Woolly mammoths were quite common in northern Eurasia and North American tens of thousands of year ago. They weren't much taller than African elephants but they were much larger and heavier. A fully grown mammoth could weigh up to 8 tons. They disappeared from the earth about 10,000 years ago during the Pleistocene era. They are however quite well known to scientists today because unlike other prehistoric animals many of their remains were not literally fossilized. This was due in part to the frozen climate they lived in and also to their massive size.

Although they have been extinct for thousands of years now there is talk about bringing them back to life due to advances in the science of DNA and a recent mammoth discovery. A well preserved woolly mammoth thigh bone that was discovered in August of this year in the permafrost soil of Siberia is causing all the talk. Japanese and Russian scientists are teaming up at the Sakha Republic’s mammoth museum and Japan’s Kinki University where they are launching a jointly funded research project next year with the goal of bringing the giant mammoth back to life. They believe they could possibly make a clone of the woolly mammoth within the next five years.

In order to clone a woolly mammoth, the perfectly intact bone marrow from this thigh bone has made it a great possibility. Scientists will extract cells from the mammoth and then replace the nuclei of egg cells from a modern elephant with those taken from the mammoth bone marrow cells. This should produce embryos with mammoth DNA. The embryos will then be implanted into elephant wombs for delivery. Since elephants and mammoths are so closely related it is speculated that all should go well. The whole process is probably going to take about four years from the starting point - two years to impregnate the elephant, and another two years for the gestation. The birth of a baby mammoth however might be quite trying for a typical female elephant due to their larger size.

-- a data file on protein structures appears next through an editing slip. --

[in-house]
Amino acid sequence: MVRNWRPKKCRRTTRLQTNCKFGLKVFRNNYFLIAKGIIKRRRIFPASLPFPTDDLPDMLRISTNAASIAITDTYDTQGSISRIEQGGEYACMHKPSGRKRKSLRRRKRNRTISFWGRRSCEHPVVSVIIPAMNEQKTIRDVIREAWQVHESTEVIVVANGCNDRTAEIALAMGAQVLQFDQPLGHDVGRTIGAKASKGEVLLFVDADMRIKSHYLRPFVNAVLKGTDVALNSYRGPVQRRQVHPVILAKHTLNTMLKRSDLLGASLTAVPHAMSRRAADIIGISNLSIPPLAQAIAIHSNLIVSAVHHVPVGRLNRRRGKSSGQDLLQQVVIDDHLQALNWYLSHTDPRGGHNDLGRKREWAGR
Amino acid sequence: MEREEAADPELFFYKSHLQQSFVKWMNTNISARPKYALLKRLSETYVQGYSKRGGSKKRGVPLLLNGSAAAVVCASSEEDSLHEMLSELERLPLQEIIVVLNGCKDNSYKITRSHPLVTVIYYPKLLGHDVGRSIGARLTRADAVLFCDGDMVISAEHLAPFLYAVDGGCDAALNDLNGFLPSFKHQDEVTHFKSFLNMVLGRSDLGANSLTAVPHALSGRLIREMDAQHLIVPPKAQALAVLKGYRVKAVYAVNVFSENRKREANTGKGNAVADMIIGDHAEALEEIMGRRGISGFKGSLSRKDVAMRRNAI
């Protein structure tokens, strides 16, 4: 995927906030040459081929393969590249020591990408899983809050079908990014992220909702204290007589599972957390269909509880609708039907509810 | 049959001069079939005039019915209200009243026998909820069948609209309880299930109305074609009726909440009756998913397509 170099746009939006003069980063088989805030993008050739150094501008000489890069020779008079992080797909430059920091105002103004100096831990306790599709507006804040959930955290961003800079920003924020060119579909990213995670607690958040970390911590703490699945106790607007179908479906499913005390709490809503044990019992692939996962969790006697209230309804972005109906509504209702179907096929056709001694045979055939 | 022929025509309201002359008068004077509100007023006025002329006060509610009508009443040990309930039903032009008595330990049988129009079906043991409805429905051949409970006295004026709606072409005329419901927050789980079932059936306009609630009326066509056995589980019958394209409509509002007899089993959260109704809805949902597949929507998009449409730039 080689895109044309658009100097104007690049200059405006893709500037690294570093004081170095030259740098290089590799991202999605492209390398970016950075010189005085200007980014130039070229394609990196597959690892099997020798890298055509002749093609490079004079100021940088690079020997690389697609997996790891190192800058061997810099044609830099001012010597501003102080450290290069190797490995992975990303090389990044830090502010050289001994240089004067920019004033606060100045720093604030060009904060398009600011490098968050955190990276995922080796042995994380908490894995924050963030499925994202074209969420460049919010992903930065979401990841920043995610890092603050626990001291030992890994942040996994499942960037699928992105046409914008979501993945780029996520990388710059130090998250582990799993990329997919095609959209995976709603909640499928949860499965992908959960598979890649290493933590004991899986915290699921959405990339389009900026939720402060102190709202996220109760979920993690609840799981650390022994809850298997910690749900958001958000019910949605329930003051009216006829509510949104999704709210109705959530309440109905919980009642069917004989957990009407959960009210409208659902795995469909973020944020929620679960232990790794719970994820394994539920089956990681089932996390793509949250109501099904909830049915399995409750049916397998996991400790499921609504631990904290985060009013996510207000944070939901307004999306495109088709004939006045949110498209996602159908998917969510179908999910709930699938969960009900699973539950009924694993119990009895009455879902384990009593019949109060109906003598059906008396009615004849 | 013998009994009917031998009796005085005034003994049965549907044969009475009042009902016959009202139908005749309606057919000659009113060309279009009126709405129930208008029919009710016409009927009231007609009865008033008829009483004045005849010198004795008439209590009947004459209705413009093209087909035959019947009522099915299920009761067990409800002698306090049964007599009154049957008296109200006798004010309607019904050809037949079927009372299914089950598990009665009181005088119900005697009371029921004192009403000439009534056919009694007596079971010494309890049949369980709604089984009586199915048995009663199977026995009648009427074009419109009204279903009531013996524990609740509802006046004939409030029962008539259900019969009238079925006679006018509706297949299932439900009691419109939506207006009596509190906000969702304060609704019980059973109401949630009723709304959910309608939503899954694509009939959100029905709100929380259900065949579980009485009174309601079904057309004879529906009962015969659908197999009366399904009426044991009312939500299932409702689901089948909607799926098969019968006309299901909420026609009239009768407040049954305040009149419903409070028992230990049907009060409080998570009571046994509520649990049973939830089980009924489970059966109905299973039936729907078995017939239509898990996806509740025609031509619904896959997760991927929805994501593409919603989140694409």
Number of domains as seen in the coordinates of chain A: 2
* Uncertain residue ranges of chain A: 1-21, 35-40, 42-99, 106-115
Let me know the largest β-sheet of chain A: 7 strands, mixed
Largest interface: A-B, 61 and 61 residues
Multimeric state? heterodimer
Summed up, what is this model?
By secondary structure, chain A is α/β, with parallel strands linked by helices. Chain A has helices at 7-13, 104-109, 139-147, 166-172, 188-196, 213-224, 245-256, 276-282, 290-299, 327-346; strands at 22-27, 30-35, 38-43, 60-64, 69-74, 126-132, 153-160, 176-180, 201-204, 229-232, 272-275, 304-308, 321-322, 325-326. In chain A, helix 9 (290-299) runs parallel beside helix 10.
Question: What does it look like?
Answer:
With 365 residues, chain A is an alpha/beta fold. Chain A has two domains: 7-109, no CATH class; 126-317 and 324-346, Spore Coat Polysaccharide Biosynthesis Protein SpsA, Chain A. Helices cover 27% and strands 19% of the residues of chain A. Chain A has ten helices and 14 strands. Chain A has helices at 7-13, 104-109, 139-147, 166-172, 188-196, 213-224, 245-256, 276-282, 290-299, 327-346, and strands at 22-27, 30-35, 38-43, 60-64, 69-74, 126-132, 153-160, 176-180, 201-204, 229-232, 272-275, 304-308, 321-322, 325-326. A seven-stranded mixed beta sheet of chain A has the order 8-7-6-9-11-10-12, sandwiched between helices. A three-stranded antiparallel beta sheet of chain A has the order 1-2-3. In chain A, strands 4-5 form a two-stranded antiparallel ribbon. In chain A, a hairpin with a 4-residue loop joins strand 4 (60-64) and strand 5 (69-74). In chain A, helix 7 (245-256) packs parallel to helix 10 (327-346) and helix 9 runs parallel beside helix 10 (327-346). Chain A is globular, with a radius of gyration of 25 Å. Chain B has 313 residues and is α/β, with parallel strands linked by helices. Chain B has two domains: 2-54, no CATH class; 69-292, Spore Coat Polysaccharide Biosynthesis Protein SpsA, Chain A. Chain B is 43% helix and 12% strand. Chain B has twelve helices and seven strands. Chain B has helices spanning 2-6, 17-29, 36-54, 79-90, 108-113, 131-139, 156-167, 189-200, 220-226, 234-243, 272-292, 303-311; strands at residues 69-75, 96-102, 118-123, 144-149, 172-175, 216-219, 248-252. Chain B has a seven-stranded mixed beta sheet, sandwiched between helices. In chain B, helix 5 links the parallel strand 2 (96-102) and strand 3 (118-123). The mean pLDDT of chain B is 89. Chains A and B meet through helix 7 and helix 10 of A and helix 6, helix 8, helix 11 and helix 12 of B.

Although this is very exciting news that seems to bring images of the movie "Jurassic Park" into mind, there is little need for this worry. The big difference is that there are not fully intact DNA samples available from the scarier dinosaurs such as Tyrannosaurus Rex. An interesting fact to note also is that it was only because of global warming that this mammoth bone was discovered.
For better or worse.

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Responses to "Bringing the extinct Woolly Mammoth back to life (Video)"

  1. Little Feather says:

    Why can't people just leave Nature alone? I don't think they realize the potential danger this could result in.

  2. Unknown says:

    Mankind always has the need to want to play God, however if God willed something to exist or die out then man should let it rest.
    Right now within many CDC centers, in the US and around the world, scientists still run tests and experiments with diseases from the past. Things like Bubonic plague, Smallpox and several others, they keep 'safely' stored away, to test and find cures for. But what happens if they don't? What happens if the 'Black Death' were to find its way to the surface?

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